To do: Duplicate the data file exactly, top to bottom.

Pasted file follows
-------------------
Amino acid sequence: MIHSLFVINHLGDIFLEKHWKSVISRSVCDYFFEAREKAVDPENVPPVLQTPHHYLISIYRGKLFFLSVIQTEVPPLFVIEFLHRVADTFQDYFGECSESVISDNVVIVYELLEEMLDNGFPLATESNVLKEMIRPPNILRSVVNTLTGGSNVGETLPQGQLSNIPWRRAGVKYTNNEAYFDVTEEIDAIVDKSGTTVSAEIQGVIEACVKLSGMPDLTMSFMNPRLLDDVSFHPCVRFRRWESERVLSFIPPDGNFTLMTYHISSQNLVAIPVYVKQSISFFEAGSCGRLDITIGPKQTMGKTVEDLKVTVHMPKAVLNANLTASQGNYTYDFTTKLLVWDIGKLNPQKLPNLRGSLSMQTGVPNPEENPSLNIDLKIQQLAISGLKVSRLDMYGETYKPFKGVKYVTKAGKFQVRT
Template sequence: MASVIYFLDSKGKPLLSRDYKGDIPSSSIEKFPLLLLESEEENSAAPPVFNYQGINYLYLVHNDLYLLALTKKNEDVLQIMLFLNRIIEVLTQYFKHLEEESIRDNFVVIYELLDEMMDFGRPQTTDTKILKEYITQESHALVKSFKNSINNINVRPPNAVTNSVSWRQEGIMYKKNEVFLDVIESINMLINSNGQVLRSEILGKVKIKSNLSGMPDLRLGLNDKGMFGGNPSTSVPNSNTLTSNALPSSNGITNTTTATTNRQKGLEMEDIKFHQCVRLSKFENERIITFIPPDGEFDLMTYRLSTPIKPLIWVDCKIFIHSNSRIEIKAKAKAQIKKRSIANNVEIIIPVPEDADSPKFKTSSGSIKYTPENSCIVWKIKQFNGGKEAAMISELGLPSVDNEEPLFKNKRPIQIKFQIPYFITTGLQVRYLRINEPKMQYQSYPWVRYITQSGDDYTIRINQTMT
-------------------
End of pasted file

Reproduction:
Amino acid sequence: MIHSLFVINHLGDIFLEKHWKSVISRSVCDYFFEAREKAVDPENVPPVLQTPHHYLISIYRGKLFFLSVIQTEVPPLFVIEFLHRVADTFQDYFGECSESVISDNVVIVYELLEEMLDNGFPLATESNVLKEMIRPPNILRSVVNTLTGGSNVGETLPQGQLSNIPWRRAGVKYTNNEAYFDVTEEIDAIVDKSGTTVSAEIQGVIEACVKLSGMPDLTMSFMNPRLLDDVSFHPCVRFRRWESERVLSFIPPDGNFTLMTYHISSQNLVAIPVYVKQSISFFEAGSCGRLDITIGPKQTMGKTVEDLKVTVHMPKAVLNANLTASQGNYTYDFTTKLLVWDIGKLNPQKLPNLRGSLSMQTGVPNPEENPSLNIDLKIQQLAISGLKVSRLDMYGETYKPFKGVKYVTKAGKFQVRT
Template sequence: MASVIYFLDSKGKPLLSRDYKGDIPSSSIEKFPLLLLESEEENSAAPPVFNYQGINYLYLVHNDLYLLALTKKNEDVLQIMLFLNRIIEVLTQYFKHLEEESIRDNFVVIYELLDEMMDFGRPQTTDTKILKEYITQESHALVKSFKNSINNINVRPPNAVTNSVSWRQEGIMYKKNEVFLDVIESINMLINSNGQVLRSEILGKVKIKSNLSGMPDLRLGLNDKGMFGGNPSTSVPNSNTLTSNALPSSNGITNTTTATTNRQKGLEMEDIKFHQCVRLSKFENERIITFIPPDGEFDLMTYRLSTPIKPLIWVDCKIFIHSNSRIEIKAKAKAQIKKRSIANNVEIIIPVPEDADSPKFKTSSGSIKYTPENSCIVWKIKQFNGGKEAAMISELGLPSVDNEEPLFKNKRPIQIKFQIPYFITTGLQVRYLRINEPKMQYQSYPWVRYITQSGDDYTIRINQTMT